I openly admit that I am anal retentive. I have always been someone who fulfills my obligations and will work hard to do so. In school, I would work all day and most of the night writing papers and reading for my classes, working several jobs to fulfill my financial obligations, and driving hundreds of miles just to fulfill my family obligations. My father would regularly lecture me about “burning my candle at both ends” saying that eventually it would take its toll. He was right, although I would never have admitted it at that age, my father knew more than me.
Someone in a class I took once told me that I reminded them of Martha from today’s scriptures because I would always worry about fulfilling my obligations and getting the details right. I was so focused that for a time I felt lost. I was distracted. Sometimes we all get distracted. There are times in my life where I just can’t seem to focus on anything and everything feels overwhelming. It is in these times that I know I am distracted, so caught up in the little details that I lose sight of the bigger picture of what I was trying to do and the true meaning of life. When distracted, life just seems like a chore and the joy seems to slowly fade away.
Spiritually, we get distracted too. When life gets in the way of God’s word, we are distracted. When chores and obligations take priority over the work of the Holy, we risk becoming distracted. We are all Marthas at some point in our lives. And we are all Marys, at other points focused on soaking up as much knowledge as we can about Christ. The Jews of Amos’ time in the Northern Kingdom of Israel and the southern kingdom of Judah entered into trading agreements with the Phoenicians becoming wildly wealthy in the process. The Northern Kingdom became known for merchants and trade. We know from historical records like the book of Amos that the merchants had become like their government: corrupt. They put their desire to make money first in life at the expense of other peoples. Peoples like Amos, who were poor and couldn’t afford the quickly inflating prices for life sustaining goods sending many who could not pay into slavery for their debts.
Amos uses tough language to impart God’s reaction to the distraction of Israel. Israel cared only for money and had lost track of caring for the needs of other people. They lost sight, like Martha later would, of what was important in life. It isn’t the rules, the chores, the profits, or the societal expectations that should dictate to us how we interact with one another. We should strive to improve the lives of others around us. We should strive to help others in addition to all the other work that we do. Amos is not saying that they can’t make money. God just calls them to do so with honesty, without taking advantage of people, without padding their pockets.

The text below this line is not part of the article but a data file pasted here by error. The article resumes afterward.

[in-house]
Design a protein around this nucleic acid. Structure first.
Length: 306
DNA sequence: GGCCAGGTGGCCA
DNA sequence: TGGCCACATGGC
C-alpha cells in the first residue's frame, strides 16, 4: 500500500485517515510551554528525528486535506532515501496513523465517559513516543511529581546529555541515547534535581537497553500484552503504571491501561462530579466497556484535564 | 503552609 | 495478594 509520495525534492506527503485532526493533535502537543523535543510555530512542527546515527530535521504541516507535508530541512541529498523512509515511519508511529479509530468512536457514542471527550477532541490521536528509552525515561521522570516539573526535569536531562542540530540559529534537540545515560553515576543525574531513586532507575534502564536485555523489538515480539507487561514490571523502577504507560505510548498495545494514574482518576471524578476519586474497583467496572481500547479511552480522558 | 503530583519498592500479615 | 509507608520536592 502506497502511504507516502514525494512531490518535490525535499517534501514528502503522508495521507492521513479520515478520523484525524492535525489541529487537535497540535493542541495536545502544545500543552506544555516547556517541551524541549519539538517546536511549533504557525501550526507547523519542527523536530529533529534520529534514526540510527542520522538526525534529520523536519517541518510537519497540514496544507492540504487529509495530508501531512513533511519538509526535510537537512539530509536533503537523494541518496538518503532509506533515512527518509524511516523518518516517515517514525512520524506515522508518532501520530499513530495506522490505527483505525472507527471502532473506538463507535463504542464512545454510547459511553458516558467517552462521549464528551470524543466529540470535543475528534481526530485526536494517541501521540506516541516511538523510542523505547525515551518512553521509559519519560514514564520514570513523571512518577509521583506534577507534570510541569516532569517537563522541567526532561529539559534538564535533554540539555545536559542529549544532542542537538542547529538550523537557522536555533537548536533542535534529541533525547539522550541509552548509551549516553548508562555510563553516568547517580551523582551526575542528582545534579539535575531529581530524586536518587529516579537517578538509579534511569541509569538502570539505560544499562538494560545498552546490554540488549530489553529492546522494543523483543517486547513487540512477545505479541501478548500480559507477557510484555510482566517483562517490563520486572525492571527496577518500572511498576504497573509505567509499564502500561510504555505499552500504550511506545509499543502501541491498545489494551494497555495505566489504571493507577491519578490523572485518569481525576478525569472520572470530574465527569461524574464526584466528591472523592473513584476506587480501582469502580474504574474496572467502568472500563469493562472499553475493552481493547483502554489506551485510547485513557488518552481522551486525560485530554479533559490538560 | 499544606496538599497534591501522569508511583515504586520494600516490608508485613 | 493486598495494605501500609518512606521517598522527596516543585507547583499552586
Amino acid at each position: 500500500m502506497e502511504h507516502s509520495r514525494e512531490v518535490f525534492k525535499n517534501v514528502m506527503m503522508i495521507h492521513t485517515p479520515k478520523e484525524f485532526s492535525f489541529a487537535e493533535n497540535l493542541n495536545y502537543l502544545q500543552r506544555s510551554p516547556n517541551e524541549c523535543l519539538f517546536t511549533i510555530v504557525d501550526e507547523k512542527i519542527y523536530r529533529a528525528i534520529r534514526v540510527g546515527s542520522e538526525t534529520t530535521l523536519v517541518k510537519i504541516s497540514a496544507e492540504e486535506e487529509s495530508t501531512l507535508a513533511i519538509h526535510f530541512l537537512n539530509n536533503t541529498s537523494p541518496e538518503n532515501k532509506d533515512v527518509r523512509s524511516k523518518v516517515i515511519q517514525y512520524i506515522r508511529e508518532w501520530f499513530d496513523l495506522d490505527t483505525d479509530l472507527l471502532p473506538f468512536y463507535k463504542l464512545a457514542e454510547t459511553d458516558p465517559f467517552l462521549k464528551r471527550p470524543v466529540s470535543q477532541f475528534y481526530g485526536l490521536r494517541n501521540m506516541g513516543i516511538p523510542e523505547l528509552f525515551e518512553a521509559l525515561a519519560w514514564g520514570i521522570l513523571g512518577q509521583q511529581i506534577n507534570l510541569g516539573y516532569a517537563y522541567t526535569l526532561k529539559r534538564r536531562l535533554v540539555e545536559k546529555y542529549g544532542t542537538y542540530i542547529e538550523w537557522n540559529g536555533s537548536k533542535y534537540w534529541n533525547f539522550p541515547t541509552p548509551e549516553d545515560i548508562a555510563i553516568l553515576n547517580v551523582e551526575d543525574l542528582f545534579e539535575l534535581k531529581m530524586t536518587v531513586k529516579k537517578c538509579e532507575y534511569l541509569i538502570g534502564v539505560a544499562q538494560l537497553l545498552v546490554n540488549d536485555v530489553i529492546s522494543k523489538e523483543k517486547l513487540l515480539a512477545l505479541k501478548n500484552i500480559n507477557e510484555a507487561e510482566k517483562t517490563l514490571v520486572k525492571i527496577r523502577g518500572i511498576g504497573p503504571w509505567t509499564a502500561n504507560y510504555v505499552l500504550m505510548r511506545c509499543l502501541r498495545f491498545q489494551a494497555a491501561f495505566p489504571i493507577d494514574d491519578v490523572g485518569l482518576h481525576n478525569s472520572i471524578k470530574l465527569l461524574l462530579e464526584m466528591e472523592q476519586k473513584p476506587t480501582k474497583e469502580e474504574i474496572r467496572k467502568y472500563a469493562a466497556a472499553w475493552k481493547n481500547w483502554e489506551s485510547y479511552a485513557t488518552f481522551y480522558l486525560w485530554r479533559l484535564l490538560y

The people were so corrupt, so lost, that they would lose everything. They would experience destruction like they had never experienced before. I think sometimes when we are distracted in life, when our chores or desires become the focus of life, and then we too begin to lose ourselves, and our sight of God. We give so much to everything else in life that there is nothing left for us to give to God, to give to the well-being of others, and to learning about our God’s presence in the world.
I still occasionally need to remind myself to take time for God. It happens when my days are lived, sun up to sun down, for checking off items on my to-do list. Items like the laundry, cleaning, weeding, bathing the dog, paying bills, and going grocery shopping. Sometimes I forget that life isn’t really about all these. These are chores that help make life better but they are not the source of happiness. They give no direction, and they do not fill the emptiness that we all feel sometimes. Only God give us life. Only God fills the emptiness. Only God gives us the direction to do the work that truly matters. The work that breeds life in a world that seems to be exploding in pain. The work that gives comfort, hope, and care in a world where Britain contemplates the results of Brexit, where hundreds die in a day in the internal struggles of the Sudan, and here at home where we continually have of mass shootings, questions around race and all the definitions that divide instead of unite, creating an environment hate, fear, and violence.
There needs to be a focus on living honest, open, and prayerful lives in the light God. Let’s not forget the words of Christ to Martha when he said, “Martha, Martha, you are anxious and troubled about many things; one thing is needful. Mary has chosen the good portion, which shall not be taken away from her”. We are called to refocus our hearts, our lives upon the work that will deepen our relationships and broaden our understanding of God. The works that will help us discover God’s depth of concern and love for humanity. The work to makes us feel fulfilled. So this week ask yourselves, have you been feeling burned out, worn down, or over burdened by the monotony of the chores of life? Then rededicate yourselves to God’s work and discover meaning in life again, new depth to human relations, and allows for God to fill the emptiness that we all feel at times in this complex and worrisome world.
 Luke 10: 41-42, RSV.
(Based on Amos 8: 1-12 and Luke 10: 38-42)